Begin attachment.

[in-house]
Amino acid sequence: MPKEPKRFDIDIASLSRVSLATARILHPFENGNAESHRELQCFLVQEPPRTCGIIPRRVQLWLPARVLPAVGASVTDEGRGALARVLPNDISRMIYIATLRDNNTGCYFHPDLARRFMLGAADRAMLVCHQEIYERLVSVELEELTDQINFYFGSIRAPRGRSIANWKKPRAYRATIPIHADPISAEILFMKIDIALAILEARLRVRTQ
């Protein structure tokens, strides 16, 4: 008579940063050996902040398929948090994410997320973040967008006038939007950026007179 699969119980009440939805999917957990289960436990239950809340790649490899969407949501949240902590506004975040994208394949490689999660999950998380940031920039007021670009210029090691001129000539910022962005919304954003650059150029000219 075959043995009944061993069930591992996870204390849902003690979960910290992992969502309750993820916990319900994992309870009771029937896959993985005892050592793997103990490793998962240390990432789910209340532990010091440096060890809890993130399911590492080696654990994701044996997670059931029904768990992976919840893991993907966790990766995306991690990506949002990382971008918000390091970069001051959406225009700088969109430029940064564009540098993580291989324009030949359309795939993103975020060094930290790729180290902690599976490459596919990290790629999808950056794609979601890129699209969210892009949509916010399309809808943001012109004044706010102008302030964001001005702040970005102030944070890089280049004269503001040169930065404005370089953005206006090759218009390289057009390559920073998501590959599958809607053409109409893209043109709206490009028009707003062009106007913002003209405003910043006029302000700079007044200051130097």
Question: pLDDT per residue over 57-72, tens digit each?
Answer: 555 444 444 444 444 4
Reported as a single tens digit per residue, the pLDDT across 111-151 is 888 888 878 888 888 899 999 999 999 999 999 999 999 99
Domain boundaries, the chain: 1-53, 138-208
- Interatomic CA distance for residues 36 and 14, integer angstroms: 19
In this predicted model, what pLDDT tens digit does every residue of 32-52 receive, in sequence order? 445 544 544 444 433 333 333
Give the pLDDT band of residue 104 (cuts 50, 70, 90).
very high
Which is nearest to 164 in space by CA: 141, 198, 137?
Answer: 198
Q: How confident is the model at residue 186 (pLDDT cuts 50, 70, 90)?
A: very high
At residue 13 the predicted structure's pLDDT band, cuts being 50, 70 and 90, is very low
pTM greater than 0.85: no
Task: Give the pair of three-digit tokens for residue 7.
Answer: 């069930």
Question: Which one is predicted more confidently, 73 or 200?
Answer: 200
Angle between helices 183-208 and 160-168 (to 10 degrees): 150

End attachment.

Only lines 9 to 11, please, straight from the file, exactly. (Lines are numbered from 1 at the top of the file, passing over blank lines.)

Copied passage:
In this predicted model, what pLDDT tens digit does every residue of 32-52 receive, in sequence order? 445 544 544 444 433 333 333
Give the pLDDT band of residue 104 (cuts 50, 70, 90).
very high